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Farmer Invention Saves Tire Life, Crushes Corn Stalks

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Stalk Knockers are a direct solution for a problem faced by corn producers. Combine and tractor tires often die the death of a thousand cuts, hammered by steady stabbing from corn stalks. Stalk Knockers, mounted just under the corn head on each row, serve as a battering ram to break stalks, essentially preserving tire life.

An innovation birthed directly in an Iowa cornfield by a pair of farming brothers, Stalk Knockers have no moving parts and do not require removal for trailer loading. “We are farmers just like our customers,” Dave McGargill says. “This is a simple and extremely effective way to save your tires.”

In 2014, McGargill was frustrated over wear on a front tractor tire: 75% of the bars remained, yet the cords were visible: “Basically, the tire was prematurely ruined and I was forced to buy a $1,700 tire replacement.”

McGargill and his brother, Kenny, are fifth-generation corn and soybean producers in the low hills of southwest Iowa’s Fremont County. When the pair began farming in the 1980s, corn stalks caused significantly fewer tire issues, McGargill says. “We’d put tires on tractors or combines and run them until the tread was worn and the tire was bald. Not today. Hybrids and corn varieties are bred so strong to produce more bushels and grow a stronger stalk. You can easily have a tire with 70% to 80% of its tread in place, but it wears out between the bars where the corn stalks stab the thinner part of the tire.”

In the winter of 2014, the McGargill duo designed a tire-preservation solution by mounting a steel plate under the corn head, just behind the snapping rolls. “We had looked at market products and didn’t find anything that would work because everything out there was mounted too far back on the heads.”

Trial-and-error tested in the harvest of 2015, the original 1/4” steel Stalk Knockers were born, dropping roughly 13” below the corn head with a bracket, and measuring approximately 10.5” tall and 10” wide at the very bottom. “The Stalk Knocker plate busts the stalk open just above the brace root and starts the deterioration process. It’s a major, major tire saver,” McGargill says.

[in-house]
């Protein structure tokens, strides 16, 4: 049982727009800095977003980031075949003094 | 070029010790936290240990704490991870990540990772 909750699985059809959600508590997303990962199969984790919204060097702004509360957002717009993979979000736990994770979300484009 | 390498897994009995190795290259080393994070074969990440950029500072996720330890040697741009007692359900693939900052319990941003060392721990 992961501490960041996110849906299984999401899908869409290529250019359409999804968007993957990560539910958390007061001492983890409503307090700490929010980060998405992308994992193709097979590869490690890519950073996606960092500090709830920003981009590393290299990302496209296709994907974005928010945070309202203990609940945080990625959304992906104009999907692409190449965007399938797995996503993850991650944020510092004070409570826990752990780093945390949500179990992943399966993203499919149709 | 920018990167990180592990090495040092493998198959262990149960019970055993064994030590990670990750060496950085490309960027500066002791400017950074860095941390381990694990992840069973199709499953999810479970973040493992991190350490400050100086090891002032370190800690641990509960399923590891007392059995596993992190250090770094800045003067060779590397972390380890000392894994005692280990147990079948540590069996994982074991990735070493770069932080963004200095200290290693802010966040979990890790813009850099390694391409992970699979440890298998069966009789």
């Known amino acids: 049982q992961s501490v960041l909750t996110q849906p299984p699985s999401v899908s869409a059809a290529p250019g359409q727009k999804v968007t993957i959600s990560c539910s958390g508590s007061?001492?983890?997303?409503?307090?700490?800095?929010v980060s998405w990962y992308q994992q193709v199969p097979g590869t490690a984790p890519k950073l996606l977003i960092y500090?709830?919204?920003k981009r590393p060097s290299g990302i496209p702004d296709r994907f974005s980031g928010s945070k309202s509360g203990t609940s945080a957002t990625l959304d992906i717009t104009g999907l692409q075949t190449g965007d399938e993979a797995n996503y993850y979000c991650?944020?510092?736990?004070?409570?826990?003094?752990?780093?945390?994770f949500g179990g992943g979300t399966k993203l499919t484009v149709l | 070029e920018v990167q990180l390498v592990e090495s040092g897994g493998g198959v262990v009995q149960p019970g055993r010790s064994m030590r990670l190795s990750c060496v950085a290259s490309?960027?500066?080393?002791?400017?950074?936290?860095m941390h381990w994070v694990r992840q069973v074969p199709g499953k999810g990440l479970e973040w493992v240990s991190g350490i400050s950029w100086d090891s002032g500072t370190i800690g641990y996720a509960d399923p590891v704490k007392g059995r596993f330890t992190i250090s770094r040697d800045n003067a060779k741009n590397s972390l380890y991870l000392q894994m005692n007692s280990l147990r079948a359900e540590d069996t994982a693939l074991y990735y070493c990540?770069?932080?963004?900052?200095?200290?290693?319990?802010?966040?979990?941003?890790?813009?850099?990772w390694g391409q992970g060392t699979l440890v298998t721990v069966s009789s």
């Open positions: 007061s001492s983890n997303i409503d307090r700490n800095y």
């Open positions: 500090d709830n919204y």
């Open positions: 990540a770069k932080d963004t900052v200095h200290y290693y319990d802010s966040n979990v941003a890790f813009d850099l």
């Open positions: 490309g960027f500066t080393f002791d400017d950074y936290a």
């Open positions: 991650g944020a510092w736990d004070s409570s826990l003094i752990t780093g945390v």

Product in hand, the brothers immediately went to neighboring farms: “We put a set of Stalk Knockers on my uncle’s corn head, then a set on my neighbor’s, and just kept going,” he adds. “From there, we put them on Craigslist and had purchases from farmers in 13 states, and things just kept getting bigger.”

Rubber Poly

Installation for a first-time user requires less than an hour of time, according to McGargill. Simplicity is the hallmark of Stalk Knockers: “We focused on three keys for farmers. One, get the Knocker as close to the snapping rows as possible for going around curves and corners so it stays on the row. Two, make it so there is no need for removal during trailering. Third, no moving parts, period.”

Originally made from steel, Stalk Knockers’ second iteration debuted in 2018—SuperFlex, a rubber poly version capable of bending 90 degrees without stress cracking. Almost 90% of current sales feature the SuperFlex version at $275 per row. The original steel version costs $98 per row, and a crossover (steel plate with SuperFlex bracket, interchangeable option) is available at $150 per row.

“We’re talking very little weight,” McGargill notes. “A Stalk Knocker only adds about 12 lb. per row.”

Pete Doyle, along with his parents, James and Melonie Doyle, grows no till corn and soybeans in southwest Iowa and use SuperFlex Stalk Knockers on a 780 John Deere combine with a 12-row header (split flex, hinged in the middle). “We started with the steel Stalk Knocker and have used the rubber poly for the last couple of years,” James Doyle explains. “It’s been an awesome product for us because it knocks the stalks over as you combine, breaking them right above the root crown, and that means the stalks are so much easier on our tires. Also, the stalks deteriorate much better when they are broken over, and that is very important when you no till soybeans into the corn stalk stubble the next spring.”

“The new corn hybrids are tougher on tires compared to the past,” James Doyle continues, “but this is a way to take away that wear factor, and we don’t have to take them off when loading on or off the head trailer."

“Real Value”

The original Stalk Knockers prototype took two years to travel from idea to market. McGargill advises any farmer with an invention, DIY effort, or innovation to trial the product in the field of another farmer. “If you really want to know what you’ve got, let your neighbor be your first customer. If your neighbor appreciates what you’ve come up with, then you know for sure it has real value.”

“As farmers, we’re relentless and don’t give up until we find perfection,” McGargill concludes. “We’re doing the exact same thing with Stalk Knockers and we’ll never stop trying to make improvement, because we’re proud to constantly try and make it even better for our customers.”

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